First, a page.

People gather to protest the Japanese government's decision to start releasing nuclear-contaminated wastewater in front of the Japanese prime minister's official residence in Tokyo, Japan, Aug 22, 2023. [Photo/Xinhua]
According to Tokyo Electric Power Company, which has been discharging the nuclear-contaminated water into the ocean at the damaged Fukushima Daiichi Nuclear Power Plant since Aug 24, tritium was detected in the sea near the plant on Thursday.
Since the density was far below its own preset safety standard, it says there is no need for it to stop releasing the toxic wastewater into the ocean.
Meanwhile, a Japanese civic group that opposes the discharge filed a complaint on Thursday against the Japanese prime minister and the president of TEPCO, saying the consequences of dumping the toxic water into the ocean may be extremely serious.
The dispute between Japan and China over the issue continues, with Beijing strongly condemning the release and Tokyo staunchly defending it. It is absurd that the Japanese government has accused its Chinese counterpart of sensationalizing the matter, asking the latter to recall its decision on a blanket ban on Japanese seafood, as if China should choose to ignore the environmental impacts of Japan's selfish move that will last 30 years.
There is even talk of it making a complaint at the World Trade Organization against the Chinese decision. The Chinese government, as it said in its notice to the WTO, has every right to defend its move as an "emergency measure" to effectively protect its people's lives and health, and completely suppress corresponding risks, arguing the discharge will bring uncontrollable risks to public health and food safety.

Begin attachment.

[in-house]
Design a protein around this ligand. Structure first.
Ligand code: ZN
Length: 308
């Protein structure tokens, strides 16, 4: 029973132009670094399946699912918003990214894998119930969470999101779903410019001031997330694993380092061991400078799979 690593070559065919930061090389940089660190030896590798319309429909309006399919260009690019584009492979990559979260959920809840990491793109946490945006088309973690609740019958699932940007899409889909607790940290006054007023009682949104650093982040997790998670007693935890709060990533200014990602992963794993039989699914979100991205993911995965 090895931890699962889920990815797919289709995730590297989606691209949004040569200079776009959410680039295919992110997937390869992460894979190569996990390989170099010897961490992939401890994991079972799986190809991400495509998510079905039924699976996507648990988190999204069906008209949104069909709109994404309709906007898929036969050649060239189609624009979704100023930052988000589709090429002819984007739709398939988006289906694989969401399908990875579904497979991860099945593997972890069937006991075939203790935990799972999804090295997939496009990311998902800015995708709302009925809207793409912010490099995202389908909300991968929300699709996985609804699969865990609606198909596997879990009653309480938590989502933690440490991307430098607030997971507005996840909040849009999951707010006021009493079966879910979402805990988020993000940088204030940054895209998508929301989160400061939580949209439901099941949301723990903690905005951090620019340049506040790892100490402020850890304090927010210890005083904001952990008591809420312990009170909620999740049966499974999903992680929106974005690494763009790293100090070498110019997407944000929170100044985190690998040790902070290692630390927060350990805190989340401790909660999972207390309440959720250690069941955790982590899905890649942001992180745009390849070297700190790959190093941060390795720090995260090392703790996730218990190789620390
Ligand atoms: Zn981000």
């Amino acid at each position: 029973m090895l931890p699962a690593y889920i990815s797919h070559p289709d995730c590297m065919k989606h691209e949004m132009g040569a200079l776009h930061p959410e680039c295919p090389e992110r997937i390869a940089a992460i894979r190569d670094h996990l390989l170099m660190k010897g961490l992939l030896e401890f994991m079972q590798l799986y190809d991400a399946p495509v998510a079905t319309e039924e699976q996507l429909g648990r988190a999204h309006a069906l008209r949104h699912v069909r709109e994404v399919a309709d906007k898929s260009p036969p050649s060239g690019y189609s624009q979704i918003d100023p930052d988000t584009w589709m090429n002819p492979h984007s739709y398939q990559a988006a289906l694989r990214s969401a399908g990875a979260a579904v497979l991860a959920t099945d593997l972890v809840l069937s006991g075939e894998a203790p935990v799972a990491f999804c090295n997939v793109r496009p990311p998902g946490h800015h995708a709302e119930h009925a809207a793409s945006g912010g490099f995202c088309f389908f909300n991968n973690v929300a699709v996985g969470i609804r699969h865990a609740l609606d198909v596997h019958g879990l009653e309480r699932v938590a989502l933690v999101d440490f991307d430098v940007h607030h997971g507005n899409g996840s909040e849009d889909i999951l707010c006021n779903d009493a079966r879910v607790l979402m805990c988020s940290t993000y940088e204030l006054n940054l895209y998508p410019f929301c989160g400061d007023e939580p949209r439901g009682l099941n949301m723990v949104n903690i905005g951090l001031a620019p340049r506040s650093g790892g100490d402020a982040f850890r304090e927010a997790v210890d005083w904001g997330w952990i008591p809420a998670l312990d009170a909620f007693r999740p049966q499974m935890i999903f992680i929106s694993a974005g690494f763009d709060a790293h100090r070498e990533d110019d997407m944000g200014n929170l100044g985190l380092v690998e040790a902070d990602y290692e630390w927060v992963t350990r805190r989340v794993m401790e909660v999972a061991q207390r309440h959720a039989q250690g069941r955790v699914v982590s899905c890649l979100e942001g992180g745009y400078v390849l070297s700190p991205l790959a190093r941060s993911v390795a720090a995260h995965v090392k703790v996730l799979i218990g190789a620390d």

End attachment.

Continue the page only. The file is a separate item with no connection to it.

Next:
It is ridiculous that Tokyo has kept a studied silence over the fact that it is the US that has seen the largest decline of imports of Japanese food over the past eight months among all countries.
Beijing certainly isn't the only one opposing Tokyo's move. And, as a Foreign Ministry spokesperson said, it should be made clear that the disposal of the nuclear-contaminated water is not Japan's domestic affair and not only an issue between certain countries. By polluting the ocean in this way, Japan is harming the environment and posing a risk to the health of humanity. "On this major issue, what Japan needs to face is not a single country, but the whole international community."
Beijing has consistently demanded the Japanese side demonstrate full transparency and address neighboring countries' concerns. This is important not only because of the huge volume of the discharge and the hard-to-predict consequences, but also because of the subsequent damage it may do to related industries.
Tokyo insists on using the term "treated water" to downplay the risks. But as Japanese Agriculture, Forestry and Fisheries Minister Nomura Tetsuro let slip, the water being released from Fukushima is "contaminated water". That Japanese Prime Minister Fumio Kishida instructed Nomura to withdraw the statement and apologize only serves to show how rigorously Tokyo is trying to cover up the danger of the ocean discharge and misguide international public opinion.
Tokyo should do the right thing and make decisions based on science, and share the full truth of the matter with the world.